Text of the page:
That look on Andy Travis' face says it all about the rigors of radio programming. In case you don't know, Andy is a fictional character – the PD of the famous “WKRP In Cincinnati” sitcom that had a nice run on CBS back in the '80s. It's a look that combines surprise with knowledge; with understanding but the realization there's another impossible challenge just around the corner.
Andy was the peacemaker, the voice of reason, the guy who always had a vision for WKRP, despite the many distractions that afflict so many programmers – the bumbling GM, the amoral sales manager, difficult-to-manage air personalities – and the other stresses all part of what makes being the PD an often thankless job – but perhaps the best gig in radio because it's the most creative and challenging.
Of course, in the real world of radio programming, Andy might struggle to keep up with the changes and the pressures. Not everyone who programmed in the WKRP Era is still plying their craft today in radio broadcasting. In fact, some are selling real estate, while some have sadly passed away.
But none of that changes the fact that being at the helm of a radio station in 2019 is still the toughest job in radio, if not in media. While other metrics are now very much in play throughout the entertainment and information ecosphere, the ratings pressure hasn't subsided for radio programmers one iota.
So, while other programmers can boast of being commercial free with infinite playlist choices, radio PDs are in that tenuous position of having to achieve mass appeal success whether they're in New York City or Nome.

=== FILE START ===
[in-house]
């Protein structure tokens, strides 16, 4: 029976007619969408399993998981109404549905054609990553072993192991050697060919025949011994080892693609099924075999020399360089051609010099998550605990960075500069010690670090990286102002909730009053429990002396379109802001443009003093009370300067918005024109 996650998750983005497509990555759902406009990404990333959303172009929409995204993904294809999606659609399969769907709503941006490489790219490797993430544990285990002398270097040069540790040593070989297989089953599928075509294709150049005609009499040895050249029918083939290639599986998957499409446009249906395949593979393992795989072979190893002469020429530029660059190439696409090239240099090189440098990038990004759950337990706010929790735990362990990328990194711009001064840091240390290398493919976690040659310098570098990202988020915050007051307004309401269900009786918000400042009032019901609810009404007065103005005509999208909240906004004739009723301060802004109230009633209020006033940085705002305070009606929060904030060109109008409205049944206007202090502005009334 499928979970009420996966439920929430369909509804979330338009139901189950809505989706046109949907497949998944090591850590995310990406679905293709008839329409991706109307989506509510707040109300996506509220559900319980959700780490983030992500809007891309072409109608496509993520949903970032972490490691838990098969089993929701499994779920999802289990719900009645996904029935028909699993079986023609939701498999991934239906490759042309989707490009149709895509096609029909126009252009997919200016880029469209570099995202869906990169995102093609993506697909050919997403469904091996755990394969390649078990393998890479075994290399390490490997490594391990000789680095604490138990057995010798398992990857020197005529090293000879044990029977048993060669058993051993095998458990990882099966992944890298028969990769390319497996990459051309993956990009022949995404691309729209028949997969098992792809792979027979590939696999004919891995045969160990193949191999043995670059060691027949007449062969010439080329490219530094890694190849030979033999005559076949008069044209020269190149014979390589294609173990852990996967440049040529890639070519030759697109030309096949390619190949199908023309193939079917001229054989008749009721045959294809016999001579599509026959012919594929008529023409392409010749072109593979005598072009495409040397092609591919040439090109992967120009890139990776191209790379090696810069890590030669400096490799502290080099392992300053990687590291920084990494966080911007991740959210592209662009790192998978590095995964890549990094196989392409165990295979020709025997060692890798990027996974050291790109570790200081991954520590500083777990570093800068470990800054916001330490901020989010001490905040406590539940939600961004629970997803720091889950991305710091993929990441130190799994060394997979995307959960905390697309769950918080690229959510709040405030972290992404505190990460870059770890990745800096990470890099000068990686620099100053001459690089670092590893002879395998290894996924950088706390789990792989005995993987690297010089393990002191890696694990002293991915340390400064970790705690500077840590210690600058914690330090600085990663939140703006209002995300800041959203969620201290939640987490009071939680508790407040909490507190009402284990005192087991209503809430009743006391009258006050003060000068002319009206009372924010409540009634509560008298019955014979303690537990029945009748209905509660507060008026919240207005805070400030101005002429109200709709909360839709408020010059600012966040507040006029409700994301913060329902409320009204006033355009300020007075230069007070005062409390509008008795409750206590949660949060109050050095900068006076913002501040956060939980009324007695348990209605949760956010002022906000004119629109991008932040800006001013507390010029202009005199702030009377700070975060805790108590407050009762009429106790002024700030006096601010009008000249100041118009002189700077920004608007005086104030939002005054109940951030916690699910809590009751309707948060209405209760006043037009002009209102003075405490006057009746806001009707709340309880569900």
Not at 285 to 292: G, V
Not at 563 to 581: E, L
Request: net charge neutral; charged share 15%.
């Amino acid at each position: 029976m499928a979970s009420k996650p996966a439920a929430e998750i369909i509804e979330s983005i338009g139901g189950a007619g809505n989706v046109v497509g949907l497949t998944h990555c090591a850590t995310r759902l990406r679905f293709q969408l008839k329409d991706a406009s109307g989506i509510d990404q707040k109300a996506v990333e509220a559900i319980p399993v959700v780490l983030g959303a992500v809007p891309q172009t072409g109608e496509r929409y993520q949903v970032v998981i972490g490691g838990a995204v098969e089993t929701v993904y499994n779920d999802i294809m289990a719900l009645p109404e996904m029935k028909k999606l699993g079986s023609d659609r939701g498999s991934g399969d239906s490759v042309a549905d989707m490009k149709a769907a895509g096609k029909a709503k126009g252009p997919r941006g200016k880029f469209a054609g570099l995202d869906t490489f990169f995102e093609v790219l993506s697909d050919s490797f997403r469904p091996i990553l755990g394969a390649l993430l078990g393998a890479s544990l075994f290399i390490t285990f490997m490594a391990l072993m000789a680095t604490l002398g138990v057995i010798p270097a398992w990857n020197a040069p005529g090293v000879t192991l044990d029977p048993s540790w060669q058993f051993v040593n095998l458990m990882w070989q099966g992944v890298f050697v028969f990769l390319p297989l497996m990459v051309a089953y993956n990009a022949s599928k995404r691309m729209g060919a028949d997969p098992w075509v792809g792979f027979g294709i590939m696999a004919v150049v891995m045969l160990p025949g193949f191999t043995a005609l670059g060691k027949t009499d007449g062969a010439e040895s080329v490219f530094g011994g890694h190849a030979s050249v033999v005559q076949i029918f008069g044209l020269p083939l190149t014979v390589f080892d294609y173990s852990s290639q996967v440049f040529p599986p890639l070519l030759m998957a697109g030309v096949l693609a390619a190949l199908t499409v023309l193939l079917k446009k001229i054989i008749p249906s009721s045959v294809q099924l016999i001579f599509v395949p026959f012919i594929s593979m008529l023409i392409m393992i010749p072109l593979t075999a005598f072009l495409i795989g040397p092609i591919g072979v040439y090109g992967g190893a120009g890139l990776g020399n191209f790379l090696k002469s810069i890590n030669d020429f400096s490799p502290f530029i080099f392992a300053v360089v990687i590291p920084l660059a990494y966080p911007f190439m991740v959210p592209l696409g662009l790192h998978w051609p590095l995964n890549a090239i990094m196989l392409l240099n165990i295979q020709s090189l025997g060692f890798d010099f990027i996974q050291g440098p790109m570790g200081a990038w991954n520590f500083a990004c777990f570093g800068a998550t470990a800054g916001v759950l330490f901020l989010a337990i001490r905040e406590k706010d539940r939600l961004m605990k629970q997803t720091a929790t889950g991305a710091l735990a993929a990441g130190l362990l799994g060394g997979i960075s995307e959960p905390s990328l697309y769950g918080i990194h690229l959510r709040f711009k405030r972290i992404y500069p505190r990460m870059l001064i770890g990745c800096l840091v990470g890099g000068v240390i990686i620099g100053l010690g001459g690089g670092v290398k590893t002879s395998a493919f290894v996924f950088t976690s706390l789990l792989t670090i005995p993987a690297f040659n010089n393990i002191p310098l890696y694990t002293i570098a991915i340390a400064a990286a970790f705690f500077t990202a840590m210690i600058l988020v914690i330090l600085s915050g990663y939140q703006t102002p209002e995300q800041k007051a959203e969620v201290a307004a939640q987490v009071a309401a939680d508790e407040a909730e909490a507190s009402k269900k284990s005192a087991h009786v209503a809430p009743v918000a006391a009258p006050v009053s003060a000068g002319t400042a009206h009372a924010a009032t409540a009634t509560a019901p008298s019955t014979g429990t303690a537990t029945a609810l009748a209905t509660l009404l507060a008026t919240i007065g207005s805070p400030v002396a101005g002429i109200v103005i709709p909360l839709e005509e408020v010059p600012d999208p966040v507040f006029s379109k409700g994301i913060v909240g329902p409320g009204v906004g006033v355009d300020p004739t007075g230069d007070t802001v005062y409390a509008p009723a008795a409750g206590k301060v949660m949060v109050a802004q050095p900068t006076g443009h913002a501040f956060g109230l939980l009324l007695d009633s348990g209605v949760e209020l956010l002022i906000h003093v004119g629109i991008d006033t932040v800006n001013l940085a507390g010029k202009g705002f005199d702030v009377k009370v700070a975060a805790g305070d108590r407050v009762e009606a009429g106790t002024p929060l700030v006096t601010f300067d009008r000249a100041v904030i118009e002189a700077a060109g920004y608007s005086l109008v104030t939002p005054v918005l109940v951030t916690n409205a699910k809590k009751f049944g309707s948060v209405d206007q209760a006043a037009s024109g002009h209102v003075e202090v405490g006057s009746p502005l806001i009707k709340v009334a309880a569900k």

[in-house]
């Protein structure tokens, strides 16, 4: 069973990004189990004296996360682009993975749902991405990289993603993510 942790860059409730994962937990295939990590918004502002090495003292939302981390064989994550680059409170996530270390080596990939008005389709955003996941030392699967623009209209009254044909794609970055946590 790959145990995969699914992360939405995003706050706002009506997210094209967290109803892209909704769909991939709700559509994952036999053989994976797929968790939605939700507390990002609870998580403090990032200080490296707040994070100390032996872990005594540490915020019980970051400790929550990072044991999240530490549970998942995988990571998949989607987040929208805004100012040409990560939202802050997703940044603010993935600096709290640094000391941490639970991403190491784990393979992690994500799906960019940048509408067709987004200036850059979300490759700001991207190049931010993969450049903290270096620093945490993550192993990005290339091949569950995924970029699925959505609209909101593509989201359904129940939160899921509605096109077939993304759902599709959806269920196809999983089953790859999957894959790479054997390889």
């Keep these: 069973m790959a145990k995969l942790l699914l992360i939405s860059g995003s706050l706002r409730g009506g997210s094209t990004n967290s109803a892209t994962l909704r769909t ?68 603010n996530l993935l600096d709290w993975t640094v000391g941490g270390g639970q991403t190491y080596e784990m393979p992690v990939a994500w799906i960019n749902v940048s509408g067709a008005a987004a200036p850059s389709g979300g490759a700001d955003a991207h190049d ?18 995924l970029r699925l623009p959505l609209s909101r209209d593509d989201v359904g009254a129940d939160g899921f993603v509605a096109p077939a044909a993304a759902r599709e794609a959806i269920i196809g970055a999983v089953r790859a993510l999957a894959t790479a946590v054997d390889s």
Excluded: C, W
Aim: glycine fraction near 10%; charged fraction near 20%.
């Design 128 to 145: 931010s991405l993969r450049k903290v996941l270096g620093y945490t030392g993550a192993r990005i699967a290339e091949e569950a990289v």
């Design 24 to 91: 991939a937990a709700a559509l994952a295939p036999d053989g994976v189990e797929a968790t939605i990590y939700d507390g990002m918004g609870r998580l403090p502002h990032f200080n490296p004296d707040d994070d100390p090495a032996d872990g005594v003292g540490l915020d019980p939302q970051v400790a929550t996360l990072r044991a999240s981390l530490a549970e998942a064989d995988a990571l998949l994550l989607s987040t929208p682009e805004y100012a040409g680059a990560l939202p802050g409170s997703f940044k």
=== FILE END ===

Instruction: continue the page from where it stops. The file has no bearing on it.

And today, radio programmers are tasked with helping to generate revenue as well – even if their ratings are competitive or even stellar. And because they're content creators, they are often responsible for what their brand is doing in social media, on their app, on smart speakers, podcasts, the website, and even with how their brand's merch looks. Many are booking concerts and festivals, and they are responsible for keeping an intricate promotional matrix together, ensuring that talent, sales, and promotions are all doing their jobs.
That's why a music industry news story – and a fascinating exchange on LinkedIn – caught my eye last week. It all started over the news that Spotify's Head of Music, Nick Holmstén, was stepping down. Variety‘s Jem Aswad theorized Holmstén's job had become too big – covering playlists, editorial, and artist relations. There's been much turnover at Spotify, but that isn't stopping the company from actively search for Holmstén's replacement.
And that's the news that led Allen Kovac, CEO of E7LG/Tenth Street Entertainment, to take to LinkedIn to offer up an opinion about the kind of person Spotify should be – and should not be – considering to take over Holmstén's chair.
Here's Kovac's post:
Kovac's plea to Spotify – whatever you do, don't hire a radio PD – stirred up reaction, as you may have guessed. Some agreed with him, while others pushed back – in some cases, hard.
One of the most vocal – and thoughtful – reactions came from one of the best radio programmers in the business bar none – Jimmy Steal. He's well-known in the industry, especially for his dynasty-building run at Power 106 in L.A. Jimmy is now leading the charge at Hubbard's juggernaut in Chicago, WTMX – The Mix.